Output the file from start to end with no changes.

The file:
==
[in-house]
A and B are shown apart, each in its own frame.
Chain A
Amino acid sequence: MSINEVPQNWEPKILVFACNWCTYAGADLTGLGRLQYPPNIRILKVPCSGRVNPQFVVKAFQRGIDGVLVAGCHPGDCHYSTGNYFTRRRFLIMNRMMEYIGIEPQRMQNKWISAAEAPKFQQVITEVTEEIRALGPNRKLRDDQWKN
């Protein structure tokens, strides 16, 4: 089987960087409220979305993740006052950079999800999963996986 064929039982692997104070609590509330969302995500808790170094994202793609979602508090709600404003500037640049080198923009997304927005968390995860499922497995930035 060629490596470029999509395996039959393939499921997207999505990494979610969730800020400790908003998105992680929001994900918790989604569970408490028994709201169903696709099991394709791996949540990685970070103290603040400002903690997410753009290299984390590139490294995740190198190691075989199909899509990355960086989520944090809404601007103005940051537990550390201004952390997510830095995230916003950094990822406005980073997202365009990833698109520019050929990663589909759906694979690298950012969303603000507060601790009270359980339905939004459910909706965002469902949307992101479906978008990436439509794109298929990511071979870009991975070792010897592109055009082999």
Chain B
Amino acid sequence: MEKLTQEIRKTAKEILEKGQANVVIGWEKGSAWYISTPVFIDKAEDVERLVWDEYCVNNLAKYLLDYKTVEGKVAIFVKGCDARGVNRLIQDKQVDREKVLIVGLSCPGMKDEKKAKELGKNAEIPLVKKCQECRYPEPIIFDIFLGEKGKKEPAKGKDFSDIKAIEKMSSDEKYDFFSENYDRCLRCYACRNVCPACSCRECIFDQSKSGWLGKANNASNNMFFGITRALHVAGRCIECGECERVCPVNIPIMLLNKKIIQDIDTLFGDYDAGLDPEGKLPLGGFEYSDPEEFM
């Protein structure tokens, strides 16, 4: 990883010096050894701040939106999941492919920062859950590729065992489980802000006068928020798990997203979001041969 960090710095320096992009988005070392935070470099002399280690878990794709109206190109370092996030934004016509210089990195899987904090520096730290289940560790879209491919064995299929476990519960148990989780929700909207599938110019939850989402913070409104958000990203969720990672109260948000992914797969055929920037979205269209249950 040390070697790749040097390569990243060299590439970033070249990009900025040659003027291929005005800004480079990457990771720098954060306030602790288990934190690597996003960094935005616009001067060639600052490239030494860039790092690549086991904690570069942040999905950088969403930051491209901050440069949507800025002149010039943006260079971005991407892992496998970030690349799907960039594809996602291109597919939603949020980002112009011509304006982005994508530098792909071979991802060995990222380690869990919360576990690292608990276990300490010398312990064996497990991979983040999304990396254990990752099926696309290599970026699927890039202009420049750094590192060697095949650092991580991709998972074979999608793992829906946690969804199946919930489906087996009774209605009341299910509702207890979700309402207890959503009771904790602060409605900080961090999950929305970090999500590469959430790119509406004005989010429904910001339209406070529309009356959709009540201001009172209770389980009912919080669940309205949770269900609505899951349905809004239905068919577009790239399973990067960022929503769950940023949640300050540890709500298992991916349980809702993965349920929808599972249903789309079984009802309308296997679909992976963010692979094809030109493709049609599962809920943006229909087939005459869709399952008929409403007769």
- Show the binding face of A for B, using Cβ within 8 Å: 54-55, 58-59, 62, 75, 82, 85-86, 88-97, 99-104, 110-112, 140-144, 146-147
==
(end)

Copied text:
[in-house]
A and B are shown apart, each in its own frame.
Chain A
Amino acid sequence: MSINEVPQNWEPKILVFACNWCTYAGADLTGLGRLQYPPNIRILKVPCSGRVNPQFVVKAFQRGIDGVLVAGCHPGDCHYSTGNYFTRRRFLIMNRMMEYIGIEPQRMQNKWISAAEAPKFQQVITEVTEEIRALGPNRKLRDDQWKN
């Protein structure tokens, strides 16, 4: 089987960087409220979305993740006052950079999800999963996986 064929039982692997104070609590509330969302995500808790170094994202793609979602508090709600404003500037640049080198923009997304927005968390995860499922497995930035 060629490596470029999509395996039959393939499921997207999505990494979610969730800020400790908003998105992680929001994900918790989604569970408490028994709201169903696709099991394709791996949540990685970070103290603040400002903690997410753009290299984390590139490294995740190198190691075989199909899509990355960086989520944090809404601007103005940051537990550390201004952390997510830095995230916003950094990822406005980073997202365009990833698109520019050929990663589909759906694979690298950012969303603000507060601790009270359980339905939004459910909706965002469902949307992101479906978008990436439509794109298929990511071979870009991975070792010897592109055009082999």
Chain B
Amino acid sequence: MEKLTQEIRKTAKEILEKGQANVVIGWEKGSAWYISTPVFIDKAEDVERLVWDEYCVNNLAKYLLDYKTVEGKVAIFVKGCDARGVNRLIQDKQVDREKVLIVGLSCPGMKDEKKAKELGKNAEIPLVKKCQECRYPEPIIFDIFLGEKGKKEPAKGKDFSDIKAIEKMSSDEKYDFFSENYDRCLRCYACRNVCPACSCRECIFDQSKSGWLGKANNASNNMFFGITRALHVAGRCIECGECERVCPVNIPIMLLNKKIIQDIDTLFGDYDAGLDPEGKLPLGGFEYSDPEEFM
């Protein structure tokens, strides 16, 4: 990883010096050894701040939106999941492919920062859950590729065992489980802000006068928020798990997203979001041969 960090710095320096992009988005070392935070470099002399280690878990794709109206190109370092996030934004016509210089990195899987904090520096730290289940560790879209491919064995299929476990519960148990989780929700909207599938110019939850989402913070409104958000990203969720990672109260948000992914797969055929920037979205269209249950 040390070697790749040097390569990243060299590439970033070249990009900025040659003027291929005005800004480079990457990771720098954060306030602790288990934190690597996003960094935005616009001067060639600052490239030494860039790092690549086991904690570069942040999905950088969403930051491209901050440069949507800025002149010039943006260079971005991407892992496998970030690349799907960039594809996602291109597919939603949020980002112009011509304006982005994508530098792909071979991802060995990222380690869990919360576990690292608990276990300490010398312990064996497990991979983040999304990396254990990752099926696309290599970026699927890039202009420049750094590192060697095949650092991580991709998972074979999608793992829906946690969804199946919930489906087996009774209605009341299910509702207890979700309402207890959503009771904790602060409605900080961090999950929305970090999500590469959430790119509406004005989010429904910001339209406070529309009356959709009540201001009172209770389980009912919080669940309205949770269900609505899951349905809004239905068919577009790239399973990067960022929503769950940023949640300050540890709500298992991916349980809702993965349920929808599972249903789309079984009802309308296997679909992976963010692979094809030109493709049609599962809920943006229909087939005459869709399952008929409403007769």
- Show the binding face of A for B, using Cβ within 8 Å: 54-55, 58-59, 62, 75, 82, 85-86, 88-97, 99-104, 110-112, 140-144, 146-147